The federal government deserves the criticism coming its way after BP’s oil catastrophe in the Gulf of Mexico. Pardon the Anglophobia, but the British aren’t among those who have any room to criticize.
What the federal government has done wrong — starting long before the April 20 oil rig explosion that killed 11 workers — keeps growing. Lax oversight and conflicts of interest at the federal agency that regulates the industry not withstanding, President Barack Obama’s moratorium on the drilling appears to be the real long-term harm coming from Washington.
In typical political fashion — looking to the next election — the Obama administration slapped a six-month ban on drilling in the Gulf. The ban sends Louisiana’s most lucrative industry into a death spiral, political leaders there warned last week. “They contend that drilling is safe overall and that the moratorium is a knee-jerk reaction, akin to grounding every airplane in America because of a single crash,” The Associated Press reported.
The oil spill crippled fishing in the region. Tourism is getting hammered. Together, those two industries account for $10 billion — about 5 percent — of Louisiana’s $210 billion economy. Obama responded by shutting down another third of the state’s economy.
Trying to reverse what first looked like environmental heresy and then aloofness to an unprecedented tragedy, Obama temporarily froze Louisiana’s most important industry. Energy contributes $65 billion to the state’s economy, AP reported. But the explosion came just days after Obama said he would open the nation’s Outer Continental Shelf for exploration, analysis, leasing and drilling.
Obama’s announcement on lifting the offshore ban drew massive criticism from those in the green movement who oppose any use of fossil fuels. A public that doesn’t understand what happened on the oil rig or why BP has been unable to stop the leak only wants someone to blame, and Obama obliged.
The administration also received flak for the cozy relationship between the oil industry and the Interior Department’s Minerals Management Service. Critics piled on about Obama’s lack of emotion in the immediate aftermath of the explosion.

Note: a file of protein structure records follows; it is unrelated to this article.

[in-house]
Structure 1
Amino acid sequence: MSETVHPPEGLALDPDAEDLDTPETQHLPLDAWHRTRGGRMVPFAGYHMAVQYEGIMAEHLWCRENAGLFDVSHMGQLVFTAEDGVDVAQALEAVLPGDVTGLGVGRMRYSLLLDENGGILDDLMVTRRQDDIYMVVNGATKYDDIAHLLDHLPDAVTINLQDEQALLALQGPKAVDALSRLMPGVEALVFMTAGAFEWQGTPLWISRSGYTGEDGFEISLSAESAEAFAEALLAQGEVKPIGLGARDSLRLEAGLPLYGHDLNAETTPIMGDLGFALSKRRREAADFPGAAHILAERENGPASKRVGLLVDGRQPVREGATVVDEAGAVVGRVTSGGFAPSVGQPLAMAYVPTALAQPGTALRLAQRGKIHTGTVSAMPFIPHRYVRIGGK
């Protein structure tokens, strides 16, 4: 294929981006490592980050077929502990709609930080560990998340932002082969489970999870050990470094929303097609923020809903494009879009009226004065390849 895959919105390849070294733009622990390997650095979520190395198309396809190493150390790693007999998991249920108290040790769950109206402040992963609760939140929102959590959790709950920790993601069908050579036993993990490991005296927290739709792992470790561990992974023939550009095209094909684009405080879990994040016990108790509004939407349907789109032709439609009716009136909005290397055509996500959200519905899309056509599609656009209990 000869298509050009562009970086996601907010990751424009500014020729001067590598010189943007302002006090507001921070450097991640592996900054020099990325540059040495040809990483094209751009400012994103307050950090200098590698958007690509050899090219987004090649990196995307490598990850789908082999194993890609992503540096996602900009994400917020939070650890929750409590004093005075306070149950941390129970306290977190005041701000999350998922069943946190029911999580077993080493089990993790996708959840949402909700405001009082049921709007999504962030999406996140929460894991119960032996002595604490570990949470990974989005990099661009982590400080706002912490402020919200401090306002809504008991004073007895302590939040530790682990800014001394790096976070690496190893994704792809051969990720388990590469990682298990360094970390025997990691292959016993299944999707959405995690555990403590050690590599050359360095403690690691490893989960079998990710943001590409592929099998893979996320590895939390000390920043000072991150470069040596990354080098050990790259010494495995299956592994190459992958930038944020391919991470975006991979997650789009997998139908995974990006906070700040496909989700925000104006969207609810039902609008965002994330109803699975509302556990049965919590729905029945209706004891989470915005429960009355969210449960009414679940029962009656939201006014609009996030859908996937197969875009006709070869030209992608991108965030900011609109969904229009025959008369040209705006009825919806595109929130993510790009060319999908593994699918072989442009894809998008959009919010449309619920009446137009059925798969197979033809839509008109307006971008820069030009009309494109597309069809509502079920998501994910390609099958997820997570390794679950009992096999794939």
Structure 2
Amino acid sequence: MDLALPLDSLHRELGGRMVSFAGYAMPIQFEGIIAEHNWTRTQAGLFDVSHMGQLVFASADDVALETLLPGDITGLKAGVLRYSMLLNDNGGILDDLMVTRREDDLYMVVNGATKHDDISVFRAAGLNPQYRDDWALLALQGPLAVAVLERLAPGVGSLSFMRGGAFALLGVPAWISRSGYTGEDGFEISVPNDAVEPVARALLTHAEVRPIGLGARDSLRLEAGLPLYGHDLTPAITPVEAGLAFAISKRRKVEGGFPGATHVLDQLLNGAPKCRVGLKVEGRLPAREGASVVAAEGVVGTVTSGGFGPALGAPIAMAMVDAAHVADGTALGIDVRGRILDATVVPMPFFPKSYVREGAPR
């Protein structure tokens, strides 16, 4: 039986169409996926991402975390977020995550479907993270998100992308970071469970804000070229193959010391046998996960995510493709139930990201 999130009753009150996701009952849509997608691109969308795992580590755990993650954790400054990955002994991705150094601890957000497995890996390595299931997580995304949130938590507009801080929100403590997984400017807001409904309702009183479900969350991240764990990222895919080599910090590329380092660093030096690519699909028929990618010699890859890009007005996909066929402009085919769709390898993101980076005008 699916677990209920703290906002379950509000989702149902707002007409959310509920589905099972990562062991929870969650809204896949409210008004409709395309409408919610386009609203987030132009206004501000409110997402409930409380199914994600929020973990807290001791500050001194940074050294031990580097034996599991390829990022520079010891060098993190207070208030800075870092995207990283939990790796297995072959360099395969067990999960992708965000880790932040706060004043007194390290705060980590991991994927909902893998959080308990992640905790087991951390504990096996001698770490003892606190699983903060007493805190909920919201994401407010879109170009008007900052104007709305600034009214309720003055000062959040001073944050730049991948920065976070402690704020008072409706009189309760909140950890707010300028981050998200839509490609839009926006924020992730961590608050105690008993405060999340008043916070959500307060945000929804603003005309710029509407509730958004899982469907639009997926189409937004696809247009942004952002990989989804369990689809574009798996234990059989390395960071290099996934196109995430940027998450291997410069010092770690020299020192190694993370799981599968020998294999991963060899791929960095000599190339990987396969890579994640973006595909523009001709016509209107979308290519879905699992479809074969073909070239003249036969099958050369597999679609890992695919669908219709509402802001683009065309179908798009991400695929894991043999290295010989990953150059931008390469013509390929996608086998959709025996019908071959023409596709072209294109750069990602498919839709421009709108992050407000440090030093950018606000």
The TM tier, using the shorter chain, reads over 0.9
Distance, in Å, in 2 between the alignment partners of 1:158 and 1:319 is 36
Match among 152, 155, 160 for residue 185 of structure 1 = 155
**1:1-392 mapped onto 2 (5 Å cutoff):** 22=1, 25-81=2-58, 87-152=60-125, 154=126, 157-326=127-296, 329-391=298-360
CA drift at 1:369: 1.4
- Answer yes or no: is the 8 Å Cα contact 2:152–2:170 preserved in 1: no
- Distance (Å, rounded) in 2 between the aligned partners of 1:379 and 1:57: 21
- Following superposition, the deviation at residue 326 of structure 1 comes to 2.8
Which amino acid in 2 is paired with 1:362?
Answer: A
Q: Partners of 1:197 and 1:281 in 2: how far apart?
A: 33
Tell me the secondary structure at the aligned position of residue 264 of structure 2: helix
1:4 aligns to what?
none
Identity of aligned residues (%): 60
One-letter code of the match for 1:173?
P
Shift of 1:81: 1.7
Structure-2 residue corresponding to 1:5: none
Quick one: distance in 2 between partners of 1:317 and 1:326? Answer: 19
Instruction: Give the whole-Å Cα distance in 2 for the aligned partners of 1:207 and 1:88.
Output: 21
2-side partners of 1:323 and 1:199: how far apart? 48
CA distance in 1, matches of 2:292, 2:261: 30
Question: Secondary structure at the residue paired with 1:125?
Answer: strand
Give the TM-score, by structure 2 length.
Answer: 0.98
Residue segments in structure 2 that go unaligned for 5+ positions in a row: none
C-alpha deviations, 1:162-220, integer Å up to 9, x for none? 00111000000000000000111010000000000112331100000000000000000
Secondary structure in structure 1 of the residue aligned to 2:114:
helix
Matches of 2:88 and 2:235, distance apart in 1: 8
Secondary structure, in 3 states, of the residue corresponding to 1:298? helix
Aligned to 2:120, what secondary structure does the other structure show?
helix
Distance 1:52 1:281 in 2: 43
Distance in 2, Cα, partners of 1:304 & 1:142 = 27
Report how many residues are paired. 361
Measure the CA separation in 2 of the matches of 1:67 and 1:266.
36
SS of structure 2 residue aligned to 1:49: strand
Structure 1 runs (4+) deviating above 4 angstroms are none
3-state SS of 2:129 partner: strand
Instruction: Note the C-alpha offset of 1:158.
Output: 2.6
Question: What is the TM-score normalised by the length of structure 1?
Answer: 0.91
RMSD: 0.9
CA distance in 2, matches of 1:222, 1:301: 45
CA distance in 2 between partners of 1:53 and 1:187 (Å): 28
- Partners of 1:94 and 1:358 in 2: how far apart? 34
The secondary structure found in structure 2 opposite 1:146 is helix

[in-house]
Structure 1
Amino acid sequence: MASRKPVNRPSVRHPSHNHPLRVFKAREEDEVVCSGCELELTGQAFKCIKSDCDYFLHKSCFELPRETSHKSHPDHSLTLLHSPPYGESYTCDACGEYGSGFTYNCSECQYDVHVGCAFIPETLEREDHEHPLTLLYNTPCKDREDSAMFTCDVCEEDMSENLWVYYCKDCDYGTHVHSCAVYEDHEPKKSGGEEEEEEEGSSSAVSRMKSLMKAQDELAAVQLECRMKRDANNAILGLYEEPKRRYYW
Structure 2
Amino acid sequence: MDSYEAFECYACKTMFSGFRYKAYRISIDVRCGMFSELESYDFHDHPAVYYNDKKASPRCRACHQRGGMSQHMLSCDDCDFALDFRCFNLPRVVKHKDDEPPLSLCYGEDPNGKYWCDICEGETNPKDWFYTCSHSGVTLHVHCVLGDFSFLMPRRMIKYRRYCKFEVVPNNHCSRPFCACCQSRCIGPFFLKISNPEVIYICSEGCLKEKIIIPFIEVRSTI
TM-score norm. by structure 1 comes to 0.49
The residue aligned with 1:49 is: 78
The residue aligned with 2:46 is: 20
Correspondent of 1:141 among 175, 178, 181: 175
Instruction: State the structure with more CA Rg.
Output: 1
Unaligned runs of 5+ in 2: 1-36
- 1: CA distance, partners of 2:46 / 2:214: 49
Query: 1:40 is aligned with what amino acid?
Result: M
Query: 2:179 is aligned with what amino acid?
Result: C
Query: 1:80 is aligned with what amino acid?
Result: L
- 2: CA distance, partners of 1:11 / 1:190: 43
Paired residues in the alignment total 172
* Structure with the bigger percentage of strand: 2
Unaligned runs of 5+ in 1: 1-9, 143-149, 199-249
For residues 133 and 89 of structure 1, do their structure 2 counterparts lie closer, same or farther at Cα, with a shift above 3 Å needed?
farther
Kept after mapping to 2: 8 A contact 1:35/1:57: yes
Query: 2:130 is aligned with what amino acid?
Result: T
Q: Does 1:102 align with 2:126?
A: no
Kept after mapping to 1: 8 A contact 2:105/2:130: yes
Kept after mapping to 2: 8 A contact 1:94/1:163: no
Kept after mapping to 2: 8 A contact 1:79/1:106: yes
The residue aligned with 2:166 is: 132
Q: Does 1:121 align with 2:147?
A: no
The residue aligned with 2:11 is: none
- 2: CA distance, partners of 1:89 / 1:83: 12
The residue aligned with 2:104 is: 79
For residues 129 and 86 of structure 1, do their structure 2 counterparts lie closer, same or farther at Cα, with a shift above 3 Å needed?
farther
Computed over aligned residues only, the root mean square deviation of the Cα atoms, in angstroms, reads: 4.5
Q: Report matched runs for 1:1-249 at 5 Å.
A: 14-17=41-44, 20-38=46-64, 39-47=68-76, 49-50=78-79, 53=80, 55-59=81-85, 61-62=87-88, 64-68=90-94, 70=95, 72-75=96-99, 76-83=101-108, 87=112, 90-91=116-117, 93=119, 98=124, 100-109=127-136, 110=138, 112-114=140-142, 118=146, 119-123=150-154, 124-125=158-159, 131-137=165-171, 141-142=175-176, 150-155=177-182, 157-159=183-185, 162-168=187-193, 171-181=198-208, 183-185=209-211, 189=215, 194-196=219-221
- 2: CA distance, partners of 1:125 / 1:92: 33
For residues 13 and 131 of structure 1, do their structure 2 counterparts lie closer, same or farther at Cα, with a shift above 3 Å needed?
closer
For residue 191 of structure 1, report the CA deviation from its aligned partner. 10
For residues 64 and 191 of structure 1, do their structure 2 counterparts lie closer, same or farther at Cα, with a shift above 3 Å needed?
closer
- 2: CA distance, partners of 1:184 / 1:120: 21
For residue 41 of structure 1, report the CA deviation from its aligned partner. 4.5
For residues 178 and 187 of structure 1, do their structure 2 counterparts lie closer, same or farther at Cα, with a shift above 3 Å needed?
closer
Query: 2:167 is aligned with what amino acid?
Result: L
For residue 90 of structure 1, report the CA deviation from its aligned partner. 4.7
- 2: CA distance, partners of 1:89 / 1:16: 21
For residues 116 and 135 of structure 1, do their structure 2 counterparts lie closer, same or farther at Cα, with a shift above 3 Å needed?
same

Apparently unable to feel the region’s pain ala Bill Clinton, Obama has gone the cowboy George W. Bush route, saying he wanted to “know whose ass to kick.” Obama also imposed the moratorium. Walk tough and swing away with a big stick, Mr. President.
Obama understandably locked in on BP. He won’t find many critics of his choice. The oil giant has made disliking it easy work. BP has managed to mishandle every step of the way following the worst environmental disaster in U.S. history. The greens have spread mistrust of BP to the entire oil industry.
Louisiana leaders began last week trying to undo some of the real damage that the perceived problems are causing. British leaders are protesting the damage done — particularly by the American president — to their iconic corporate giant.
The oil giant’s mess having become synonymous with the oil industry — BP bad, big oil bad — shouldn’t surprise anyone. Politicians along the Gulf Coast contributed to that, joining in the early criticism of BP. Still, it’s not hard to empathize with those in the affected states.
What’s hard is being moved by the British concerns. BP’s stock has plummeted as the American media and the American president have piled on to the missteps BP chief executive Tony Hayworth has made. BP has launched a campaign to restore its image, but we’ve seen how this company “cares.” Lima got its own sampling of the way BP conducts business, having suffered through the almost-closure of a profitable refinery as the London giant tried in the mid- and late 1990s to drive gas prices higher.
Still, pensioners relying on BP’s well-being don’t deserve the wrath of a nation. Tens of thousands of BP employees worldwide didn’t cause the mess in the Gulf. Stockholders, whether directly or through 401(k) funds they don’t even know they hold, deserve intelligent explanations of what is happening, not the president prattling on all tough guy-like.
Still, the British won’t find relief over here anytime soon. Eleven workers were killed, and the oil spill is still causing untold damage to the American Gulf Coast. The British really aren’t the ones getting the raw deal here.